5 Questions: Progress in peanut-allergy immunotherapy
As immunotherapy for peanut allergy advances, a Stanford allergy expert discusses what that means for parents, providers and the future of allergy treatments.
Any parent of a child with a severe peanut allergy knows the peril of a PB&J. For those with the condition, just sitting next to someone eating peanut butter can trigger a reaction.
Now, scientists have established the validity of what could become the first oral anti-peanut-allergy drug. Stanford was one of 66 sites to participate in a phase-3 clinical trial of the therapy. The results were published Nov. 22 in The New England Journal of Medicine. Sharon Chinthrajah, MD, clinical associate professor of medicine and of pediatrics, was the principal investigator at the Stanford site. Chinthrajah is a member of the Sean N. Parker Center for Allergy and Asthma Research at Stanford, which is led by Kari Nadeau, MD, PhD, professor of pediatrics.
Participants in the trial ingested a dose of a peanut-derived immunotherapy drug called AR101 each day. They began with a small dose and gradually increased the amount, conditioning their immune systems to tolerate peanut proteins. The goal was to dampen the immune response — which can result in swelling, itching and difficulty breathing — so it would no longer be life-threatening.
In a conversation with science writer Hanae Armitage, Chinthrajah discussed the trial in more depth, highlighting the value it brings to those with peanut allergies, and how it advances allergy research overall.
1. What’s the main thing that parents of children with severe peanut allergies should understand about the outcome of the trial?
Chinthrajah: Two out of three patients who were treated with daily AR101 oral immunotherapy were able to tolerate two peanuts after one year of therapy. Now, this isn’t a permanent cure, but taking roughly the equivalent of one peanut every day can change a patient’s and family’s quality of life. AR101 has the potential to be the first FDA-approved therapeutic for peanut allergy, paving the way for more treatment options and greater access.
2. Do you think allergy immunotherapies could ever fully cure a food allergy?
Chinthrajah: As researchers, we continue to investigate the mechanisms behind the pathogenesis of food allergy and potential therapeutic options in the quest for an approach to permanently change the immune system so that it no longer reacts to food in an abnormal way. Although we don’t yet have a cure, the field of food allergy research has made leaps and bounds over the last decade, and we hope that momentum will only increase.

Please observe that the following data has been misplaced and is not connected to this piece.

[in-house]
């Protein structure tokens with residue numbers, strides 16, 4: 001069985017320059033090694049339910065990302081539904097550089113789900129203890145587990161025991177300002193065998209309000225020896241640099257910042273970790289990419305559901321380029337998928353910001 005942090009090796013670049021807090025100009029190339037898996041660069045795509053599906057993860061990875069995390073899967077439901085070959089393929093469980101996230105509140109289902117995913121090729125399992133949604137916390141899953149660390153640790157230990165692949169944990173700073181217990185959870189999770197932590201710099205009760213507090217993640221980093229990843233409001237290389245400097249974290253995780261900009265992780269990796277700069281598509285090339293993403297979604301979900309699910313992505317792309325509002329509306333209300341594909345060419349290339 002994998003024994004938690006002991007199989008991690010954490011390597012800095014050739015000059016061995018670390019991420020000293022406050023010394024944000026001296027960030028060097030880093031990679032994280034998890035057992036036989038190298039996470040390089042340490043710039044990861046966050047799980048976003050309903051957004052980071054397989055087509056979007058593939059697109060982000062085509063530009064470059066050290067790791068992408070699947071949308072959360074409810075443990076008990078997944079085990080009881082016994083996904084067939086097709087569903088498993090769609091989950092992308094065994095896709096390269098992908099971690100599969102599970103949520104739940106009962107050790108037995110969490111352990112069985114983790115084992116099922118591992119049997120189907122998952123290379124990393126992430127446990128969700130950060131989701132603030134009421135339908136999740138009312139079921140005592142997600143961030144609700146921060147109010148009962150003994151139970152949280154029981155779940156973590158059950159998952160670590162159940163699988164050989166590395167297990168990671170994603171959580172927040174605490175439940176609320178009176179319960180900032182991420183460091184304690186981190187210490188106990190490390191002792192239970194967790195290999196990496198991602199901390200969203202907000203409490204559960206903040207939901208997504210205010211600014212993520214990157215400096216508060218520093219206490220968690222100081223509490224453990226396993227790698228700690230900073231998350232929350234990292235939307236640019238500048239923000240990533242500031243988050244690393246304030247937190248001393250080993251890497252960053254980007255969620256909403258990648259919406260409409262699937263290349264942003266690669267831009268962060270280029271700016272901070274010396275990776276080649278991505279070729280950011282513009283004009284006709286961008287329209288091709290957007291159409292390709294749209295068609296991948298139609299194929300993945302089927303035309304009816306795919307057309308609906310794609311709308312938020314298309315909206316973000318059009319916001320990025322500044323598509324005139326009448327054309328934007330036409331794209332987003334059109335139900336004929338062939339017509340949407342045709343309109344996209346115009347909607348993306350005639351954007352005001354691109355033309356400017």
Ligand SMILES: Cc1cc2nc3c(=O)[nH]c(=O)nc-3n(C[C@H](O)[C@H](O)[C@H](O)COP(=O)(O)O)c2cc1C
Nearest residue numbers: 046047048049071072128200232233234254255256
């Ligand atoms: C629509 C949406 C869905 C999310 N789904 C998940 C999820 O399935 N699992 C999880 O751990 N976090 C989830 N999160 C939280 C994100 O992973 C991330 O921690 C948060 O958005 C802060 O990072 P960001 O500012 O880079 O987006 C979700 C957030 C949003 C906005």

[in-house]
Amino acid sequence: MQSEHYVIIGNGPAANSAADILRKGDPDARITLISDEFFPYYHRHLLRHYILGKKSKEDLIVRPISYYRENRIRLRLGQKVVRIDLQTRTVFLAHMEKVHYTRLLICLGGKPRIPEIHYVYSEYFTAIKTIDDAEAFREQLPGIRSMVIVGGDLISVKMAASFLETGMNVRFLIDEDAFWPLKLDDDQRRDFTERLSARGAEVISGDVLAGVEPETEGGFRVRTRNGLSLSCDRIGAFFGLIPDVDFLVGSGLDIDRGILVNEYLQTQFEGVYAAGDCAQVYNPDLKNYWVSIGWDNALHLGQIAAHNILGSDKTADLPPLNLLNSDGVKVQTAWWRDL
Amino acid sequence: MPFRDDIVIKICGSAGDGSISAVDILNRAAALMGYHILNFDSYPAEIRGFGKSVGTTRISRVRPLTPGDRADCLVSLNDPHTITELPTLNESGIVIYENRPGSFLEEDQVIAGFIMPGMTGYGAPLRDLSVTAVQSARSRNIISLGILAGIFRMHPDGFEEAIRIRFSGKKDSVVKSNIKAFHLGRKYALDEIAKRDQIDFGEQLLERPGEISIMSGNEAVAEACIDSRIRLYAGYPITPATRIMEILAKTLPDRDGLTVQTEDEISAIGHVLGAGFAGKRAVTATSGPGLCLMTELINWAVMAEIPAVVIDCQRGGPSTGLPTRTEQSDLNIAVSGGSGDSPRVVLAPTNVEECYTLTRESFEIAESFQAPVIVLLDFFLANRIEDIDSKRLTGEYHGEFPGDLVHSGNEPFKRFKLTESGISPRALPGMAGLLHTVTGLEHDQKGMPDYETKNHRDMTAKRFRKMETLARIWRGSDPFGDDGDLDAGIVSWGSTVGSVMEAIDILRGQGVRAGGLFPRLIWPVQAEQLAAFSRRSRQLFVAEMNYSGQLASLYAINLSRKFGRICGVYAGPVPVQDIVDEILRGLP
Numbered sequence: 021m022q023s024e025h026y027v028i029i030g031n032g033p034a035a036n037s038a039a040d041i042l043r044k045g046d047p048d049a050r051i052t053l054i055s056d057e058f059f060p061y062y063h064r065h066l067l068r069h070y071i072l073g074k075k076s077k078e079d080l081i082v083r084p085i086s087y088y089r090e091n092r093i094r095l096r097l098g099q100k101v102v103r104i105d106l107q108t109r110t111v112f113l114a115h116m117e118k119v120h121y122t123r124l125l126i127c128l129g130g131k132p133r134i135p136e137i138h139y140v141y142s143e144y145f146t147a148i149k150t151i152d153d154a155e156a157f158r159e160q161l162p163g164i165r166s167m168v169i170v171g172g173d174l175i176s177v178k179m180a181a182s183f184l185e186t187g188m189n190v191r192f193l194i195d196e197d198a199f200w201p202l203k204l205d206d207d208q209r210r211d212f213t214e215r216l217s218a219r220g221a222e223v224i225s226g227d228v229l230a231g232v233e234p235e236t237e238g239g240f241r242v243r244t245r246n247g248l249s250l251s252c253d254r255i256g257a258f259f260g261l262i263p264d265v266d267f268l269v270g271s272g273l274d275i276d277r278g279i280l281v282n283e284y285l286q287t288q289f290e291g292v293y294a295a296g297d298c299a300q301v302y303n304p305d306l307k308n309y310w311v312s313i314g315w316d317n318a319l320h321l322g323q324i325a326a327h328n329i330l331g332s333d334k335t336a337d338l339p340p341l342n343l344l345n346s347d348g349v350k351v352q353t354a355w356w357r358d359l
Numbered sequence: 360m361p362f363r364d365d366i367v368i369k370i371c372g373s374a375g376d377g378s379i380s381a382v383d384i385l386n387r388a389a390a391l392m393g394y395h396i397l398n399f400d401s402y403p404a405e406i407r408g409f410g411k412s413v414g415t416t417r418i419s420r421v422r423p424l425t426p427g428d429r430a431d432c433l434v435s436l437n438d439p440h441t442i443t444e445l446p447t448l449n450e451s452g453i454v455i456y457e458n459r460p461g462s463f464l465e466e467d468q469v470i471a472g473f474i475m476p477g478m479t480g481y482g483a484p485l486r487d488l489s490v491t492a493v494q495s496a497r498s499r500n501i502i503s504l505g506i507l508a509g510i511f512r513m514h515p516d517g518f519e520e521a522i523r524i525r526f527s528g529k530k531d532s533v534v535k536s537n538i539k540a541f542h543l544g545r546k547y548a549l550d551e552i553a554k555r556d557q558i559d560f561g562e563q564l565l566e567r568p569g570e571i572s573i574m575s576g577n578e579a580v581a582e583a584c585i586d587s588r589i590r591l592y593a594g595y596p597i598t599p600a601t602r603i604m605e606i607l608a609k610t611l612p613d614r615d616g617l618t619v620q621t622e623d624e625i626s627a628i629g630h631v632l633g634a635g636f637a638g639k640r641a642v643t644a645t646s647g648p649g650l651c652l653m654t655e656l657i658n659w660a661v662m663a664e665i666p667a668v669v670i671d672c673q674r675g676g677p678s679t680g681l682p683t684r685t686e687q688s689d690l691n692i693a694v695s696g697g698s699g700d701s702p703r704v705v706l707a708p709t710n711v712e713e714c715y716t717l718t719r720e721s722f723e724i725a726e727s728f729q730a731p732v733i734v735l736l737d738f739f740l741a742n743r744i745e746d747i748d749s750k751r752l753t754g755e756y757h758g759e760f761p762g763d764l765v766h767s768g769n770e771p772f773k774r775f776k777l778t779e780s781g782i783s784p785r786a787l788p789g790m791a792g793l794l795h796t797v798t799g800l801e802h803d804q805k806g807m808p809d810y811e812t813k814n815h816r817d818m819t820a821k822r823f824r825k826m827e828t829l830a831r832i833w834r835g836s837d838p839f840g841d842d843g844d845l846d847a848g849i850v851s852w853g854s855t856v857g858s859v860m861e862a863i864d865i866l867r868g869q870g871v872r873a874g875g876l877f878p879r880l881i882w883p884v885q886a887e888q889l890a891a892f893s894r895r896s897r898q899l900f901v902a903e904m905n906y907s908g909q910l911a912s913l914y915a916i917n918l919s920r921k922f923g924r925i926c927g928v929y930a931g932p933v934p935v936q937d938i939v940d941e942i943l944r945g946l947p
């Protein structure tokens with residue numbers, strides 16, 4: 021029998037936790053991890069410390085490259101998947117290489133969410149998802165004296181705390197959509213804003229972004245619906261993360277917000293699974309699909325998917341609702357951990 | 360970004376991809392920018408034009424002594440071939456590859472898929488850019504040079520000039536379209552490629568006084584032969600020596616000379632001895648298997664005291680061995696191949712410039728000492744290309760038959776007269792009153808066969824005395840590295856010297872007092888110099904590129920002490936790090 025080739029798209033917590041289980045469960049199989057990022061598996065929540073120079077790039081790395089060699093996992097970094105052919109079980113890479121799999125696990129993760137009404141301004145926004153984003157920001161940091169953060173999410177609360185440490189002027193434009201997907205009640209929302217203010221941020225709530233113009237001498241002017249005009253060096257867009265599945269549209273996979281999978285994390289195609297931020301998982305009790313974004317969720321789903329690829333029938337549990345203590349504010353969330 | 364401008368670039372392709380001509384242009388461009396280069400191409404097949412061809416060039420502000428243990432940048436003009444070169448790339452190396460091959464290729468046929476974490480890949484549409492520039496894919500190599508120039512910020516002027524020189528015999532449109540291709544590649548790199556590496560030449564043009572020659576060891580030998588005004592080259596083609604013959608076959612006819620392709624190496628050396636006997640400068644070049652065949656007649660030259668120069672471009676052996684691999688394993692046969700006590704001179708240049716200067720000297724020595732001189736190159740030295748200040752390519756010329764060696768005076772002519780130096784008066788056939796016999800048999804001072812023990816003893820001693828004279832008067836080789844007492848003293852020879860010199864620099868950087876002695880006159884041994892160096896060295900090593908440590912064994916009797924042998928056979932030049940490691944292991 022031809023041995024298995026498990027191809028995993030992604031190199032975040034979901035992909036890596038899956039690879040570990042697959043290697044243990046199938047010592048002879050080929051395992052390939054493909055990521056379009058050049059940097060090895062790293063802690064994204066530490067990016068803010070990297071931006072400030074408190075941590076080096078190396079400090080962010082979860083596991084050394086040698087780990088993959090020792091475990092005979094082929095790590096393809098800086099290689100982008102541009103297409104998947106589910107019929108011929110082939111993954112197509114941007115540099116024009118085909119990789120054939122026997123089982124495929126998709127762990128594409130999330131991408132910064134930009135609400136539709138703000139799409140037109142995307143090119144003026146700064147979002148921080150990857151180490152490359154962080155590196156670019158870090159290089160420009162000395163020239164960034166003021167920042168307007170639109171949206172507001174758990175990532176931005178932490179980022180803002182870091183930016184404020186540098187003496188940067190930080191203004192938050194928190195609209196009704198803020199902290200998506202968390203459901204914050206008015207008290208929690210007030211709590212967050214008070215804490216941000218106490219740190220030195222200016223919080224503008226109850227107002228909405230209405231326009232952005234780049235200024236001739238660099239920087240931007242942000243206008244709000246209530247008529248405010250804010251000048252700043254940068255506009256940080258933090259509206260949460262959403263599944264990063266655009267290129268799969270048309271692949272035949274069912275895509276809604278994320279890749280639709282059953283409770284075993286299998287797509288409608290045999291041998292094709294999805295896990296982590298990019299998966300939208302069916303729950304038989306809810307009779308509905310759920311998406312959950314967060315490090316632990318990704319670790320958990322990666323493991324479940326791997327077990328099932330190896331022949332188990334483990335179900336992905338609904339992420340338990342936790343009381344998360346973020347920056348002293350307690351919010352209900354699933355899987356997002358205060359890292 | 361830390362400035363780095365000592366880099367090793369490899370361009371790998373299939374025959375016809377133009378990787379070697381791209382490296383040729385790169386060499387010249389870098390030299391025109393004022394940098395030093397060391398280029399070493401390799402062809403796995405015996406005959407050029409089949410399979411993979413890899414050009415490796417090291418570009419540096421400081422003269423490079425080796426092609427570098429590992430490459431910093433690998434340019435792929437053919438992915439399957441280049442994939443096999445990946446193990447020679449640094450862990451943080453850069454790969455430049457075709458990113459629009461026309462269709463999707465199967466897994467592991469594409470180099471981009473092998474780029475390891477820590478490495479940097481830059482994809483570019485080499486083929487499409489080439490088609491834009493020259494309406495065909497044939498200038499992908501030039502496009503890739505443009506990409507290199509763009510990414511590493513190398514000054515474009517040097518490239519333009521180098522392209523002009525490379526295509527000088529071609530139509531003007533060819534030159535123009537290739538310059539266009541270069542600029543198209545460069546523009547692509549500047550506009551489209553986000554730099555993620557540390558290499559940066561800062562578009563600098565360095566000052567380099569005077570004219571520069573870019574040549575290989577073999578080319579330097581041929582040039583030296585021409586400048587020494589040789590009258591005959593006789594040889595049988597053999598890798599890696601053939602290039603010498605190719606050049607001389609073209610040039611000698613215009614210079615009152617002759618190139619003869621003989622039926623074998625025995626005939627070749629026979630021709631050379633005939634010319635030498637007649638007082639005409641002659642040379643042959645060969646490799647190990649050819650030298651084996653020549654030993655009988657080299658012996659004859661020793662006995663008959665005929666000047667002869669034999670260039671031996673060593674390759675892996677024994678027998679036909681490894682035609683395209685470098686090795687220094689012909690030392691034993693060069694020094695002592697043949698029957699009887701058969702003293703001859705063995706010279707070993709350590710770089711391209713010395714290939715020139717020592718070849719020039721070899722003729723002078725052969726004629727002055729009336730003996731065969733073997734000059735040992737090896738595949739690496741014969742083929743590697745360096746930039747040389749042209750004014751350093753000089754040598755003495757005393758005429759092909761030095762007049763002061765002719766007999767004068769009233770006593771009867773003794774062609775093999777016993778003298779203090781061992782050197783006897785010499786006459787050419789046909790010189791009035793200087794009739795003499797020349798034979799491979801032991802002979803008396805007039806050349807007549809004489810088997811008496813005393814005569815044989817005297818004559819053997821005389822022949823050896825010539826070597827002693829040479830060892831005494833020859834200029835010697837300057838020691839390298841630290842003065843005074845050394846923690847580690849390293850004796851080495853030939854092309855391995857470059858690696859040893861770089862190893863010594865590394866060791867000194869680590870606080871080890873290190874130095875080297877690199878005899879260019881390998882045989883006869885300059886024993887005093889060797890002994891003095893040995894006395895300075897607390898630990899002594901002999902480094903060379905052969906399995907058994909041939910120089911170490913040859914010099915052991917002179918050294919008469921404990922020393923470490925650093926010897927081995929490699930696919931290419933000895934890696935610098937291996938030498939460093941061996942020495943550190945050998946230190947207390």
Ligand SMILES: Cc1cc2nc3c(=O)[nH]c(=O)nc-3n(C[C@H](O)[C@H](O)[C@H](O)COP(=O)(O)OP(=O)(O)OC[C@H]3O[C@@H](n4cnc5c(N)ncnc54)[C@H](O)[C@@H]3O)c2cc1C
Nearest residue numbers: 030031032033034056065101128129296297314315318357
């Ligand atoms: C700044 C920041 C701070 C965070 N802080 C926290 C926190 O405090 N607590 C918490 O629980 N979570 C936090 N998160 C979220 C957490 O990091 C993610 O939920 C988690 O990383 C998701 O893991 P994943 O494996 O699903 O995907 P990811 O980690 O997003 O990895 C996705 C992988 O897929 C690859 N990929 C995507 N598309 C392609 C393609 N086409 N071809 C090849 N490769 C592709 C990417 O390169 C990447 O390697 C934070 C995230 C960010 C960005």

3. The majority of participants in the study were children and adolescents, with only a small subset of adults. Is age a factor in the efficacy of allergy immunotherapy?
Chinthrajah: In my experience, I’ve seen that oral immunotherapy can be successful in all age groups if participants continue in the desensitization program and adhere to taking a regular dose of the food. However, pilot studies have shown that oral immunotherapy may have more lasting effects on the immune system if started at an early age. But as you might expect, many questions still remain: How long does an individual have to maintain a daily oral immunotherapy regimen? What is the best maintenance dose? And how long-lasting are the effects of oral immunotherapy?
4. What do you say to people who may want to try to desensitize themselves or their children to a food allergen on their own?
Chinthrajah: We highly discourage desensitization at home without the guidance of trained allergists and clinical staff. The Parker Center at Stanford provides tremendous education and training about how to make this a safe process and how to take precautions with dosing. There is still a lot we are trying to understand.
5. Can you speak to some of the other work that’s being pursued in food allergy desensitization? Is there ongoing research to see if oral immunotherapy could work for other allergy-triggering foods, like eggs or shellfish?
Chinthrajah: Multiple therapies are currently being explored, such as a phase-3 study investigating a peanut patch that delivers very small amounts of peanut via the skin. Other trials include under-the-tongue immunotherapy with peanut combined with another compound that may stimulate the efficiency of the immunotherapy process. There are also a large number of phase-2 studies showing success in oral immunotherapies for eggs, dairy, wheat, shellfish, tree nuts — even for multi-allergen oral immunotherapy, where patients are treated for multiple food allergens simultaneously.
Our center has investigated combining certain drugs targeting allergic pathways with oral immunotherapies for patients with peanut, milk and multiple food allergies. Our goal is to identify approaches and markers that can help clinicians best deliver safe and efficacious therapy for food-allergy patients, and we’re excited to continue applying these principles in studies we’re designing for the future.
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